Rental Properties

Should Landlords Report Rent Payments to Credit Bureaus?

Should landlords report rent payments to credit bureaus? In this post, I’ll discuss the pros and cons for landlords and tenants. This topic is often misunderstood, with many believing landlords are against the idea to keep tenants from building good credit.

In reality, landlords might benefit from this more than tenants, while the implications for tenants can be complex and sometimes detrimental. Let’s dive in.

Video Overview

The Current State of Rent Reporting

Rent payments are not typically reported to credit bureaus. Some property management companies and national property management software providers do report rent, but it’s not widespread. As a landlord, I have reviewed many tenant credit reports and rarely, if ever, see late rent payments reported. Instead, credit issues related to rent usually show up as judgments or evictions, which are public records.

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The Pros and Cons for Landlords


  1. Better Tenant Screening: Reporting rent payments could help landlords identify reliable tenants who pay on time, thus reducing the risk of late payments and potential evictions.
  2. Incentivizes Timely Payments: Knowing that late or missed rent payments will affect their credit scores, tenants might be more motivated to pay on time.
  3. Improved Tenant Credit: For tenants who consistently pay on time, rent reporting can help build their credit history, potentially aiding them in future financial endeavors such as buying a home.


  1. Cost: Some rent reporting services charge fees to landlords, which can add up over time.
  2. Administrative Burden: Setting up and managing rent reporting requires additional time and effort from landlords.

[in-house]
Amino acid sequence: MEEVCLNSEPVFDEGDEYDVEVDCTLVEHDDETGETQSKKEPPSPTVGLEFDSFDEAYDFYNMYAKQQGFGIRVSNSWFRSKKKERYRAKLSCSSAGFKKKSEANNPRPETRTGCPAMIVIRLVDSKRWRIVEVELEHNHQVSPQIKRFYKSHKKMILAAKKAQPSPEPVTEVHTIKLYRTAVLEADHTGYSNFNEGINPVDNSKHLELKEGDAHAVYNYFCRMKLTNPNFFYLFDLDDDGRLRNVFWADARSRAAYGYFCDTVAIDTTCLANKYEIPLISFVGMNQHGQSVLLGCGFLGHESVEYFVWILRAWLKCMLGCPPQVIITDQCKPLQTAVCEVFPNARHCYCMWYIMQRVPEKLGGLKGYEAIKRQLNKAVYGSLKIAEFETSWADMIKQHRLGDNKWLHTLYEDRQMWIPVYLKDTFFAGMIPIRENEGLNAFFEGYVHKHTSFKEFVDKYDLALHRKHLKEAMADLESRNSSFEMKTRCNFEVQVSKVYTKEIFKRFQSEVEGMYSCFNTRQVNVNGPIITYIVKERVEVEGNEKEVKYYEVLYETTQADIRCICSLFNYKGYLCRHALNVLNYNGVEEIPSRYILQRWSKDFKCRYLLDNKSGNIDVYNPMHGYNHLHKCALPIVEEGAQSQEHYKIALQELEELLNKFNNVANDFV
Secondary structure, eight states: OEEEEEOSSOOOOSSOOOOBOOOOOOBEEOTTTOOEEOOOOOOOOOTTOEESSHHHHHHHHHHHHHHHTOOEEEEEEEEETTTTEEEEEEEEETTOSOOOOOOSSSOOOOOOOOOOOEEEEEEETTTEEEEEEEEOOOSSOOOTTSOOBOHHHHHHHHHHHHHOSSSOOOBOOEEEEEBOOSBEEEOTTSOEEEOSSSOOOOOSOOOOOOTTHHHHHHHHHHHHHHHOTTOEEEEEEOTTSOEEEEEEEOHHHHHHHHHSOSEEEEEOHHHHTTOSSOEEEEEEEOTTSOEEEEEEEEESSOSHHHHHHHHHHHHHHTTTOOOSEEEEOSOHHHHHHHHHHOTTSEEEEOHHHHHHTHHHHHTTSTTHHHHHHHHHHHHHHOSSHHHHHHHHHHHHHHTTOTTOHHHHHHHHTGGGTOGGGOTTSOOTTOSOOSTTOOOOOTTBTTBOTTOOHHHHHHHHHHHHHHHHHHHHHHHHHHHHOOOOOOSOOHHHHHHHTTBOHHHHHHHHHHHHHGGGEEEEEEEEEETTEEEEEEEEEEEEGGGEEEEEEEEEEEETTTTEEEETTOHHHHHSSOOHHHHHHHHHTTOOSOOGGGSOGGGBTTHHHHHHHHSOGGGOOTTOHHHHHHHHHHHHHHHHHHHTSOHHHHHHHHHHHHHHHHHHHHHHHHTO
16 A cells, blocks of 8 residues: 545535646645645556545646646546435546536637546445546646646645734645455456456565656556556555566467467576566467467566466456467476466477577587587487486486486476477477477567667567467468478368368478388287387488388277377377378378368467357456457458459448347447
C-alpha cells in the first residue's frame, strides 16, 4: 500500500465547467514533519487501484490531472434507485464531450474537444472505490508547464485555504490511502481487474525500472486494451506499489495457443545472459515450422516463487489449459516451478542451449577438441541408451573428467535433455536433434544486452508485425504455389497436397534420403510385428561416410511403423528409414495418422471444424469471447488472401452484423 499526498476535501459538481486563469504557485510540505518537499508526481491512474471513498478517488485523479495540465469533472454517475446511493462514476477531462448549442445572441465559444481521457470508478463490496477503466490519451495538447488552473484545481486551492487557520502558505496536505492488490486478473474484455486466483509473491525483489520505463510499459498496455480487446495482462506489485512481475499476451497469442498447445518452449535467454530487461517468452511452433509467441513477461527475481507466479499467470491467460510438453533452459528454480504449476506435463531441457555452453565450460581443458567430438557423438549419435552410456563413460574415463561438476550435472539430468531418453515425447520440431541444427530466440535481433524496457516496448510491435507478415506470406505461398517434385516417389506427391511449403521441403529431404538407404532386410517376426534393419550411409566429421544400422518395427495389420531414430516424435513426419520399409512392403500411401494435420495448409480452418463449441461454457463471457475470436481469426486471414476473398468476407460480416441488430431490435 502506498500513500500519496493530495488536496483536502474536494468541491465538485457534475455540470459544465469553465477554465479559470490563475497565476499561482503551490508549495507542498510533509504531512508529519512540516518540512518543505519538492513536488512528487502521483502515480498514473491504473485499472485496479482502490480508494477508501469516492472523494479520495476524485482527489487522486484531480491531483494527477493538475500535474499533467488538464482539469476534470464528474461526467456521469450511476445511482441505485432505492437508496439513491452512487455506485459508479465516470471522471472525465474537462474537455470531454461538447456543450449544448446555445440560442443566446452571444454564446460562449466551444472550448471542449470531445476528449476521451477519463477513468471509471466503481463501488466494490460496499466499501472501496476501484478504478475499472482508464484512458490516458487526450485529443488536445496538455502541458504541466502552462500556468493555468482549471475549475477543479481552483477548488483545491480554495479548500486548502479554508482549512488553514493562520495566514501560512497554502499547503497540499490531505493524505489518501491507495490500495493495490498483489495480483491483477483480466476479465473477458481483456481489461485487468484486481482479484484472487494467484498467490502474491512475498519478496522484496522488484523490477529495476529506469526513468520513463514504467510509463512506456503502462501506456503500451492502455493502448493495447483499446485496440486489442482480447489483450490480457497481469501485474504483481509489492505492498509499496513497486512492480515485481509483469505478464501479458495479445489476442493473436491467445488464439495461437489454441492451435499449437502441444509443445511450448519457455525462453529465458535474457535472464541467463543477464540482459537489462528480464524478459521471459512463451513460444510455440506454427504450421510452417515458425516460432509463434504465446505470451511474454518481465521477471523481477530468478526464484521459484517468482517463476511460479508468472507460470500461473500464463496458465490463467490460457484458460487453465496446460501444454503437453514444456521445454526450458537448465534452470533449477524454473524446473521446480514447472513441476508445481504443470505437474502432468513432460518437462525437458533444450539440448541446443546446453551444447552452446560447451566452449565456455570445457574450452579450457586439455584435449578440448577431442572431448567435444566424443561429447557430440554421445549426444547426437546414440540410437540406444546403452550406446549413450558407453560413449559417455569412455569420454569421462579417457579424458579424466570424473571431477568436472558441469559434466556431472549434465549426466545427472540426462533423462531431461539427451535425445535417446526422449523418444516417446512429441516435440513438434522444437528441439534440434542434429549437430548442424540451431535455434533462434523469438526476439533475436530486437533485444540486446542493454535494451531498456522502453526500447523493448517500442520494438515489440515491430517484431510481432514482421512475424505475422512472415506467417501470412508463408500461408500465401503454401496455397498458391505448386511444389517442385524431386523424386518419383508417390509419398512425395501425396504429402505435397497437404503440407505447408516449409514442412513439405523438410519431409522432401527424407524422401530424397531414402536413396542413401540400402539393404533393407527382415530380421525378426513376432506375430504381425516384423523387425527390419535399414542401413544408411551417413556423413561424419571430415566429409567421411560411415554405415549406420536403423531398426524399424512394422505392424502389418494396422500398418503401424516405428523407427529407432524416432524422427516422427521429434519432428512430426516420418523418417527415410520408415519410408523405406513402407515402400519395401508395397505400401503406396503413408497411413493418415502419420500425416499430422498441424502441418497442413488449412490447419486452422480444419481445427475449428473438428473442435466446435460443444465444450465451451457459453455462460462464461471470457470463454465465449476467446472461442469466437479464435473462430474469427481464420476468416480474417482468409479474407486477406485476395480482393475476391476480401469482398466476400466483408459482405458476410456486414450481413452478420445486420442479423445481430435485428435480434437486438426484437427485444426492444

3. Tenant Pushback: Tenants who are concerned about the impact of potential late payments on their credit might resist renting properties where rent is reported.

The Pros and Cons for Tenants


  1. Credit Building: Regular, on-time rent payments can help tenants build or improve their credit scores, making it easier to secure loans or credit in the future.
  2. Financial Accountability: Knowing their rent payments are being reported might encourage tenants to budget more effectively and prioritize timely payments.


  1. Risk of Negative Impact: Late or missed rent payments could significantly damage a tenant’s credit score, making it harder to secure future housing or loans.
  2. Increased Scrutiny: Tenants with less-than-perfect payment histories might struggle to find landlords willing to rent to them if rent reporting becomes widespread.

Before landlords start reporting rent payments, they must consider the legal implications and ensure they comply with local laws. Some states have stringent tenant protection laws that could impact the ability to report rent payments. For example, in Colorado, landlords cannot check credit reports if the tenant’s rent is entirely paid by public assistance. Always consult with a legal professional to navigate these complexities.

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How to Report Rent Payments

Several services facilitate rent reporting for both landlords and tenants. These include:

  1. Experian Boost: Tenants can add their rent payments, as well as utility, cell phone, and streaming service payments, to their credit reports through Experian Boost.
  2. RentTrack: This service reports to Experian, TransUnion, and Equifax, and can include past rental payments for an additional fee.
  3. ClearNow: Tenants pay rent through a portal, which then reports the payments to Experian.

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Reporting rent payments to credit bureaus has potential benefits for both landlords and tenants. But it also carries significant risks. It is crucial to weigh these pros and cons carefully and consider the specific legal context in your state. For landlords, this could mean better tenant screening and incentivizing timely payments, but it also comes with costs and administrative challenges. For tenants, it could help build credit but also pose risks if payments are late.

As an experienced real estate investor and landlord, I see the value in rent reporting but also understand the potential downsides. It’s a complex issue that requires careful consideration and legal guidance.

I’d love to hear your thoughts on this topic. Should rent payments be automatically reported to credit bureaus? Should it be a choice left to landlords and tenants? Let me know in the comments below!

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